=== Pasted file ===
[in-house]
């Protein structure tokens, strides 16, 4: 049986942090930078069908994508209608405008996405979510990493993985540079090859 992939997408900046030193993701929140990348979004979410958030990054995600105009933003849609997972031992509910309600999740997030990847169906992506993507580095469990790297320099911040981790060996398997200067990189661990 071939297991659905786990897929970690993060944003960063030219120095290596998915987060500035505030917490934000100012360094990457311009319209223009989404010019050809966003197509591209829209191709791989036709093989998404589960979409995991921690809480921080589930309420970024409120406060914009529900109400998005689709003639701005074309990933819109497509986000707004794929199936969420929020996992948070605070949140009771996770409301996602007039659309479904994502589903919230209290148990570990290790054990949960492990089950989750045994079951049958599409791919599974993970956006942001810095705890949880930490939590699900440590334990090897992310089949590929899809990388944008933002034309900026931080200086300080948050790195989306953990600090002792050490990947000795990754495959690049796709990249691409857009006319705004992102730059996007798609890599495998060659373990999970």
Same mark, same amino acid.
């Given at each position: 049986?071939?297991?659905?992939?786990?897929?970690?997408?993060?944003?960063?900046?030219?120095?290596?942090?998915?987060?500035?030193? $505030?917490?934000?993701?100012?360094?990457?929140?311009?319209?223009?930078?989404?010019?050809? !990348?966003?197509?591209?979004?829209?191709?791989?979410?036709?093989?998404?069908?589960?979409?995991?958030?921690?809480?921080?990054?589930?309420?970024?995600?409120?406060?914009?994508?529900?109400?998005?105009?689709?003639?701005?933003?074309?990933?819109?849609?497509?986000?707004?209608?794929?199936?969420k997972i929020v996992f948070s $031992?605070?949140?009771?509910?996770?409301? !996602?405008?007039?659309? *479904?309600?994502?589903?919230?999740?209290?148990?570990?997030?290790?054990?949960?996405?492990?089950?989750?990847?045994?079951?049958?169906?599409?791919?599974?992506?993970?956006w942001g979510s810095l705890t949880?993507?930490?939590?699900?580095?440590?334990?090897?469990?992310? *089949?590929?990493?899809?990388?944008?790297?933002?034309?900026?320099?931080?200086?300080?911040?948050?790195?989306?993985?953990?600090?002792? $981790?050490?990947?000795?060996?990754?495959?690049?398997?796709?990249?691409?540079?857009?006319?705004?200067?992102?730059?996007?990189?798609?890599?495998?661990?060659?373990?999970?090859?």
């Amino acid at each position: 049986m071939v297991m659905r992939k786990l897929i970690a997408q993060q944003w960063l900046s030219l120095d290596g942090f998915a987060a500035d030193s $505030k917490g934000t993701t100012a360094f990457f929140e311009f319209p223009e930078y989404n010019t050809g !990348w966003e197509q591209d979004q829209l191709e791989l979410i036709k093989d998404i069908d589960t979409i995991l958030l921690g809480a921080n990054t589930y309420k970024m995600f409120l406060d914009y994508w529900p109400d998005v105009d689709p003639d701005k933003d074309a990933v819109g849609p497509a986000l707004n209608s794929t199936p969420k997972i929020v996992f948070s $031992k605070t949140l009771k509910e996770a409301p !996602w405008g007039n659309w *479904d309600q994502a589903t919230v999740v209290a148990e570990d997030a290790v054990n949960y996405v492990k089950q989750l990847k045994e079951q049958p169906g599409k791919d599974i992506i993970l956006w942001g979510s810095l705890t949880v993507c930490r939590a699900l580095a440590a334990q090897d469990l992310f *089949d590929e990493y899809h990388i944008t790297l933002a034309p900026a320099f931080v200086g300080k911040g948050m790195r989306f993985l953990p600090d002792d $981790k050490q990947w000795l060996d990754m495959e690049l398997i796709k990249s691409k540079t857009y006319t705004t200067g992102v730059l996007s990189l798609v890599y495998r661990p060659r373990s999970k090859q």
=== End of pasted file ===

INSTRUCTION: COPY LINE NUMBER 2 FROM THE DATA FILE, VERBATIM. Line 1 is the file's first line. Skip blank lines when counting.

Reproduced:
């Protein structure tokens, strides 16, 4: 049986942090930078069908994508209608405008996405979510990493993985540079090859 992939997408900046030193993701929140990348979004979410958030990054995600105009933003849609997972031992509910309600999740997030990847169906992506993507580095469990790297320099911040981790060996398997200067990189661990 071939297991659905786990897929970690993060944003960063030219120095290596998915987060500035505030917490934000100012360094990457311009319209223009989404010019050809966003197509591209829209191709791989036709093989998404589960979409995991921690809480921080589930309420970024409120406060914009529900109400998005689709003639701005074309990933819109497509986000707004794929199936969420929020996992948070605070949140009771996770409301996602007039659309479904994502589903919230209290148990570990290790054990949960492990089950989750045994079951049958599409791919599974993970956006942001810095705890949880930490939590699900440590334990090897992310089949590929899809990388944008933002034309900026931080200086300080948050790195989306953990600090002792050490990947000795990754495959690049796709990249691409857009006319705004992102730059996007798609890599495998060659373990999970």